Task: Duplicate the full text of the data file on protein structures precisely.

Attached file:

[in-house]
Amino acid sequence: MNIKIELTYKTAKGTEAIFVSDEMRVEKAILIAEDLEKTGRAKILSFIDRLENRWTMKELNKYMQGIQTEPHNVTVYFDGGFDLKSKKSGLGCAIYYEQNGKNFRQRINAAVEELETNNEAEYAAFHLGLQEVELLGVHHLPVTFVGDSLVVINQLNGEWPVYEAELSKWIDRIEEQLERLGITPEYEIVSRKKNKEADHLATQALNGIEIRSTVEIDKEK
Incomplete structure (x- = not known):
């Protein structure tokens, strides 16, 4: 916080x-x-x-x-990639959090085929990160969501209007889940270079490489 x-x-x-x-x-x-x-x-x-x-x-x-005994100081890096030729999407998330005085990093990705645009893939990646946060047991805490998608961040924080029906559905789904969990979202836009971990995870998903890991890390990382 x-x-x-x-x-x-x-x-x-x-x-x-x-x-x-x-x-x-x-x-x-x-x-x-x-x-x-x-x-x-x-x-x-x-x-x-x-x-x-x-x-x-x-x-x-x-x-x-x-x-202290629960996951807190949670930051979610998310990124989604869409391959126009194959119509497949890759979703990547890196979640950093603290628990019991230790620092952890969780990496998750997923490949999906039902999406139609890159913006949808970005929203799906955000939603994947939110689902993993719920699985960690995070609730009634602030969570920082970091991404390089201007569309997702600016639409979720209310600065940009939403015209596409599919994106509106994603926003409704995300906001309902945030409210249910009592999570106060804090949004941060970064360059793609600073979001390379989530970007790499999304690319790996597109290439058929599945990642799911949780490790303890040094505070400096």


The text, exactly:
[in-house]
Amino acid sequence: MNIKIELTYKTAKGTEAIFVSDEMRVEKAILIAEDLEKTGRAKILSFIDRLENRWTMKELNKYMQGIQTEPHNVTVYFDGGFDLKSKKSGLGCAIYYEQNGKNFRQRINAAVEELETNNEAEYAAFHLGLQEVELLGVHHLPVTFVGDSLVVINQLNGEWPVYEAELSKWIDRIEEQLERLGITPEYEIVSRKKNKEADHLATQALNGIEIRSTVEIDKEK
Incomplete structure (x- = not known):
């Protein structure tokens, strides 16, 4: 916080x-x-x-x-990639959090085929990160969501209007889940270079490489 x-x-x-x-x-x-x-x-x-x-x-x-005994100081890096030729999407998330005085990093990705645009893939990646946060047991805490998608961040924080029906559905789904969990979202836009971990995870998903890991890390990382 x-x-x-x-x-x-x-x-x-x-x-x-x-x-x-x-x-x-x-x-x-x-x-x-x-x-x-x-x-x-x-x-x-x-x-x-x-x-x-x-x-x-x-x-x-x-x-x-x-x-202290629960996951807190949670930051979610998310990124989604869409391959126009194959119509497949890759979703990547890196979640950093603290628990019991230790620092952890969780990496998750997923490949999906039902999406139609890159913006949808970005929203799906955000939603994947939110689902993993719920699985960690995070609730009634602030969570920082970091991404390089201007569309997702600016639409979720209310600065940009939403015209596409599919994106509106994603926003409704995300906001309902945030409210249910009592999570106060804090949004941060970064360059793609600073979001390379989530970007790499999304690319790996597109290439058929599945990642799911949780490790303890040094505070400096």